I used the Hurtigruten twice before, in 2017 from Vardø to Stokmarknes and last year from Båtsfjord to Ørnes. So the section KirkenesVardø was new to me. And it’s the first time without my car on board.

We were in the harbour till half past twelve.

Then we left Kirkenes and my 3rd and longest Hurtigruten journey had started. I stood at the stern of the ship and looked back.

Soon I changed place from stern to bow – at the MS Lofoten you can stand next to the bridge – and looked ahead. Far away, a bit to the port side I could spot a white plain – part of the Varanger peninsula.

[Live interruption: We have reached the open Lopphavet between Øksfjord and Skervøy. The ship has started to rock again. I am interrupted by the sound of a plate falling down from the table. Thanks to the soft carpet it survived]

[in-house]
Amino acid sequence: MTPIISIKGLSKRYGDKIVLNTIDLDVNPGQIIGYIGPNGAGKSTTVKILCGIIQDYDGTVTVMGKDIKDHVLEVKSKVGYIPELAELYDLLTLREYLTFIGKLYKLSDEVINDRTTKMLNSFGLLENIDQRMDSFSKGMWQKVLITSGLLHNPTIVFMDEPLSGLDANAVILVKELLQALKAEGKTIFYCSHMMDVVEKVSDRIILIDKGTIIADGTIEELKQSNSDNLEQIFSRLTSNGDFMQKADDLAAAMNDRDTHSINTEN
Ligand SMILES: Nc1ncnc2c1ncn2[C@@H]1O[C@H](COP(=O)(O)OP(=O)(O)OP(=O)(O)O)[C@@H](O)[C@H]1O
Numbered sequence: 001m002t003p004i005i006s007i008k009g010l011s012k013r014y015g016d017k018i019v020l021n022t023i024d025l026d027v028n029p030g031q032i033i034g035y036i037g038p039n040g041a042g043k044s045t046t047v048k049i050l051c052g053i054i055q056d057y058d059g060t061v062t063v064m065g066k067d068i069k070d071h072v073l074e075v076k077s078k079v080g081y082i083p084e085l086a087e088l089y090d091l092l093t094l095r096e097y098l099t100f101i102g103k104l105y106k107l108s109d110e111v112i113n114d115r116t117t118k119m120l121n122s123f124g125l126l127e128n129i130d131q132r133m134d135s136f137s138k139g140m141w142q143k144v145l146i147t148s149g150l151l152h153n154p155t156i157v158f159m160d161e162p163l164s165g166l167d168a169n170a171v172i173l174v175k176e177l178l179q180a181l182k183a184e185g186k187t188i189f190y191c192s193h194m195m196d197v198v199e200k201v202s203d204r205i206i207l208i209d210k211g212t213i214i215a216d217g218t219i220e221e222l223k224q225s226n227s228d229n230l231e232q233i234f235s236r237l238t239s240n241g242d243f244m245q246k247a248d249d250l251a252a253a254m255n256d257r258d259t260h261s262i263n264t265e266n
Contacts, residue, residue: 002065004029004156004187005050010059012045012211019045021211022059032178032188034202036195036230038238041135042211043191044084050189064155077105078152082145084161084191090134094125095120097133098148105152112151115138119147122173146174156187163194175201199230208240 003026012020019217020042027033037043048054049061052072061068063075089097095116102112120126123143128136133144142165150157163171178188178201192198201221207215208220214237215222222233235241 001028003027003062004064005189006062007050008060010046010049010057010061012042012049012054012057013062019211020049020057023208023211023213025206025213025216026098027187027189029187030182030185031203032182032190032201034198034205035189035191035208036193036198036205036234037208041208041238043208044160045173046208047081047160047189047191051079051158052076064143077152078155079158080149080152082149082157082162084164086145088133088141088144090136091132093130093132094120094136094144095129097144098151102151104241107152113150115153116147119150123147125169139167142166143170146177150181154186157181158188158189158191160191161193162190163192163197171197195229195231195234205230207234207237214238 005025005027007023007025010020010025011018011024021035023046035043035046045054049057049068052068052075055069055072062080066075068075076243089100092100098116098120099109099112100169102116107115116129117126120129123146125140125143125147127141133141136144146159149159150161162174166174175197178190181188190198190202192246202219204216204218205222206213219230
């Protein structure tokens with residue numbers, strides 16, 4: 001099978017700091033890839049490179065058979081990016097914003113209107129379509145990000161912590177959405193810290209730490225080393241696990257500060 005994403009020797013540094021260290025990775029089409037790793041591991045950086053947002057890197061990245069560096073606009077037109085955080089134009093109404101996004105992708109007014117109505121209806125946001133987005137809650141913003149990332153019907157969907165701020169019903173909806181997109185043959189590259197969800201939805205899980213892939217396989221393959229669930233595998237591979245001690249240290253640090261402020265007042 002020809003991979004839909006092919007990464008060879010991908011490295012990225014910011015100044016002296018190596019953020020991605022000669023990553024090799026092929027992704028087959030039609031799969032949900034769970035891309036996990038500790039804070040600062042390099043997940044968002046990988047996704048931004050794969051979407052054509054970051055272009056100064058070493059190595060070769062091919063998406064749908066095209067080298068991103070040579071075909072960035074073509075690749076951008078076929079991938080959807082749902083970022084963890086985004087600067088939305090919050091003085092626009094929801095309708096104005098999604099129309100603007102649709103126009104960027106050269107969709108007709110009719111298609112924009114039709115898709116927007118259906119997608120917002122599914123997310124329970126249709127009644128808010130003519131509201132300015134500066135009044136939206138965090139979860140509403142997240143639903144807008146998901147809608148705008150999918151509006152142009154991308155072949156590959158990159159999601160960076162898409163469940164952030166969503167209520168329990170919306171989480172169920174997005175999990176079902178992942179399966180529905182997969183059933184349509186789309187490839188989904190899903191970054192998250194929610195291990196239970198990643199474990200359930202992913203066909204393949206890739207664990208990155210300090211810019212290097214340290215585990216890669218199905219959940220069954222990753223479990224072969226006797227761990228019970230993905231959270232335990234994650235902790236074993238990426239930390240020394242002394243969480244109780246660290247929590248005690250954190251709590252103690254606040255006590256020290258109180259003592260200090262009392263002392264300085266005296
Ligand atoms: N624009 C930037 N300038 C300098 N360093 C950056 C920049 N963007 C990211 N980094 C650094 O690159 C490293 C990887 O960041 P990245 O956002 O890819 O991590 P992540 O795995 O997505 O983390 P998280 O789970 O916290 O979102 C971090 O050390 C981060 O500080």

Annika and I travelled a lot on the Varanger peninsula last winter. I stood on the port side of the ship and tried to spot all places we have been: There’s Vadsø, the largest town – there, far away is Ekkerøy with it’s beautiful beaches. And there is Kiberg, where we had a good time with Trond, our host of Cape East Arctic Adventure. And there’s his house! I found it! Let’s see, what about Kibergsneset, the easternmost point of mainland Norway where Annika and I had been last year? It was farther away from the village than I remembered, but finally I found it, too. Both photos are taken with 600 mm from a rocking ship with a vibrating motor, so the quality is bad, but it was nice to take these pictures.

Half an hour we arrived in Vardø, stop #1. (Vadsø is left out on the southbound direction.) We arrived late and I decided to stay aboard. I’ve been in Vardø before.

When we left Vardø behind, it was too dark to see the scenery. I have breakfast included but not the other meals, because I think they are quite expensive. I have my own food with me. This day however I didn’t have a proper breakfast so I bought a large bread with salmon and scrambled eggs.